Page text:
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youth the mere presence of maturity was a constraint.
One of the young girls, however, had presently emerged from the group, and, attaching herself to Mrs. Lidcote's side, had listened to her with a blue gaze of admiration which gave the older woman a sudden happy consciousness of her longforgotten social graces. It was agreeable to find herself attracting this young Charlotte Wynn, whose mother had been among her closest friends, and in whom something of the soberness and softness of the earlier manners had survived. But the little colloquy, broken up by the announcement of luncheon, could of course result in nothing more definite than this reminiscent emotion.
No, she could not yet tell how her own case was to be fitted into the new order of things; but there were more people "older people" Leila had put it-arriving by the afternoon train, and that evening at dinner she would doubtless be able to judge. She began to wonder nervously
who the new-comers might be. Probably she would be spared the embarrassment of finding old acquaintances among them; but it was odd that her daughter had mentioned no names.
Leila had proposed that, later in the afternoon, Wilbour should take her mother for a drive: she said she wanted them to have a "nice, quiet talk." But Mrs. Lidcote wished her talk with Leila to come first, and had, moreover, at luncheon, caught stray allusions to an impending tennis-match in which her son-in-law was engaged. Her fatigue had been a sufficient pretext for declining the drive, and she had begged Leila to think of her as peacefully reposing in her room till such time as they could snatch their quiet moment.
MARTIN LUTHER AND HIS WORK
EIGHTH PAPER: HE IS CONDEMNED AT WORMS AND HIDDEN IN THE WARTBURG, WHERE HE TRANSLATES
THE NEW TESTAMENT
BY ARTHUR C. MCGIFFERT
Professor of Church History in Union Theological Seminary, New York
PRECEDED by the imperial herald would appear in the name of the Lord, in
Caspar Sturm and accompanied by his colleague Nicholas Amsdorf, an Augustinian brother, John Petzensteiner, and one of his students, a young Pomeranian nobleman, Peter Swaben, Luther left Wittenberg on April 2, 1521, riding in state with his companions in a covered wagon. The city magistrates provided the conveyance and the university added funds for the journey. Condemned heretic though he was, town after town showed him distinguished honor as he passed through. The papal legate Aleander reported that his entire journey was nothing less than a triumphal procession. At Leipsic the city council sent him a gift of
At Erfurt, where his old friend Crotus was rector of the university, he was met outside the walls by an imposing deputation, and was greeted with an oration by the rector and a poem by Eoban Hesse, the most celebrated poet of the day. Early in his journey he was unpleasantly surprised to learn of the imperial mandate requiring the sequestration of his books. He was alarmed, he says, and trembled at the news, for it showed that the emperor was against him and he could hope for little from his own appearance at the diet. But his resolution to proceed remained unshaken.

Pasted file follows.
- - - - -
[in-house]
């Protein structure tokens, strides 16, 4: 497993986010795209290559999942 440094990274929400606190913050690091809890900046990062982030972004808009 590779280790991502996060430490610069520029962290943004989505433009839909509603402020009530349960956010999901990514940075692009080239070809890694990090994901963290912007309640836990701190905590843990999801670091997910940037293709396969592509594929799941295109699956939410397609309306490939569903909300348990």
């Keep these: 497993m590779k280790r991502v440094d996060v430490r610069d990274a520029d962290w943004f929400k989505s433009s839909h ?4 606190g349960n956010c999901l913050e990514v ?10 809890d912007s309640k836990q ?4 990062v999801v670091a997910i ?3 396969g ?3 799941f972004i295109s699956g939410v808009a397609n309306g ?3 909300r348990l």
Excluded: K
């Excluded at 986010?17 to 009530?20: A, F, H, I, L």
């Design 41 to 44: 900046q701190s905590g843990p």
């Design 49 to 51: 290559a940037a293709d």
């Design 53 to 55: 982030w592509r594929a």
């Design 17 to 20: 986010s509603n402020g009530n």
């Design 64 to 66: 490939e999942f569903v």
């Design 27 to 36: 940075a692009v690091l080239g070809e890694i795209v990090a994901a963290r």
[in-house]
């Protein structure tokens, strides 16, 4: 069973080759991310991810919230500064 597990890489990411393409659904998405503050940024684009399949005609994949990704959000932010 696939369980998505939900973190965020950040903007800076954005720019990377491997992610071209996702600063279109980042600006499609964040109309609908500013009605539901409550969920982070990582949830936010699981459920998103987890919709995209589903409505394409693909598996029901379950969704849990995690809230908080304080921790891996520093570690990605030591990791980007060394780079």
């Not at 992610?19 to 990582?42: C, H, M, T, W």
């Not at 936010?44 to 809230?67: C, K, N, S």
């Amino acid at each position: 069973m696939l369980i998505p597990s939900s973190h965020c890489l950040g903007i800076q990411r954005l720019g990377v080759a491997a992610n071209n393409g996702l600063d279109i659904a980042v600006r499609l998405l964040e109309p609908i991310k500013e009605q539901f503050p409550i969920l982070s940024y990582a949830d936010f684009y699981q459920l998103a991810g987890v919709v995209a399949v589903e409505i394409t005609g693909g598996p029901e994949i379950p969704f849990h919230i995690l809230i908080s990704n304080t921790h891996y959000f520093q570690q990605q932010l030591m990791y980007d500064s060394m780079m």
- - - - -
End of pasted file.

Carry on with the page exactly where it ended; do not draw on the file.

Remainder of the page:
According to his friend Myconius, when warned that he would be burned to ashes by the cardinals and bishops at Worms, and reminded of the fate that befell Hus at Constance, he replied, "Even if they kindled a fire as high as heaven from Wittenberg to Worms, I
obedience to the imperial summons, and would walk into behemoth's mouth, between his great teeth, and confess Christ." Though Myconius is not a very trustworthy reporter, the words have a genuine ring.
From Frankfort, where he stopped over night, Luther wrote Spalatin, who was already at Worms with the elector:
We are coming, my Spalatin, although Satan has tried to stop me with more than one sickness. The whole way from Eisenach here I have been miserable and am still in a way not before experienced. Charles's mandate I know has been published to frighten But Christ lives, and we will enter Worms in spite of all the gates of hell and powers of the air. I send a copy of the imperial letter. I have thought it well to write no more letters until I arrive and see what is to be done, that Satan may not be puffed up, whom I am minded rather to terrify and despise. Arrange a lodging for me therefore. Farewell.
A year later, in a letter to the elector he remarked: "The devil saw clearly the mood I was in when I went to Worms. Had I known as many devils would set upon me as there were tiles on the roofs, I should have sprung into the midst of them with joy." Long afterward, in talking about his journey, he repeated the same words, and added: "For I was undismayed and feared nothing, so foolish can God make a man! I am not sure I should now be so joyful."
He reached his journey's end about ten o'clock on the morning of Tuesday, the sixteenth of April. His coming was announced by a trumpeter, and though it was the hour of the midday meal, the whole town poured out to see him. Aleander sent one of his attendants to witness the great heretic's arrival, and afterward wrote the papal vice-chancellor: "About a hundred horsemen, presumably Sickingen's, accompanied him to the city gate. Sitting in a wagon with three companions, he entered the city, surrounded by some eight riders, and took up his lodging in the neighborhood of his Saxon prince When he alighted, a priest threw his arms about him, touched his garments three times, and went away exulting, as if he
had handled a relic of the greatest of saints. I suspect it will soon be said he works miracles. This Luther, as he stepped from the wagon, looked about with his demoniac eyes and said, 'God will be with me.' Then he entered a chamber where many gentlemen visited him, with ten or twelve of whom he dined, and after dinner everybody ran in to see him."
In spite of the pressure he was under, he took the time the next morning to visit a sick nobleman who had expressed the desire to see him. After offering him spiritual consolation, he heard him confess, and administered the sacrament. It was thoroughly characteristic act, for he was never too busy to heed such calls. Always to the end of his days he remained a de